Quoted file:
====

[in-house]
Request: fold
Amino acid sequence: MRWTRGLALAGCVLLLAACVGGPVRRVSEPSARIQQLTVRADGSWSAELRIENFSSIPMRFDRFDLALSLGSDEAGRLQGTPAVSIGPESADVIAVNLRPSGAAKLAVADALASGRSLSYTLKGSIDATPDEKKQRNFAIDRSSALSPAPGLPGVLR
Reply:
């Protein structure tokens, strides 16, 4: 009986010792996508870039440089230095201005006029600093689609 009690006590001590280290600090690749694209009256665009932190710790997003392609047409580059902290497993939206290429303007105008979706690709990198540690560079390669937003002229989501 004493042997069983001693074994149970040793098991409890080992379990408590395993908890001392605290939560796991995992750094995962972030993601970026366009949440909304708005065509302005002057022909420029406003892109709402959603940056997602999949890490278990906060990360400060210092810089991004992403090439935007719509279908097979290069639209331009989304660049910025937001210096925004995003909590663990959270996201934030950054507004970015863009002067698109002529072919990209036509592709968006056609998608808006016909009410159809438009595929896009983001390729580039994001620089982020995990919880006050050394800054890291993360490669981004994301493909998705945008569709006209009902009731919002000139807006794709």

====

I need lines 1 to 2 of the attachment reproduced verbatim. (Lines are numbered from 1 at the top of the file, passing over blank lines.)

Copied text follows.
[in-house]
Request: fold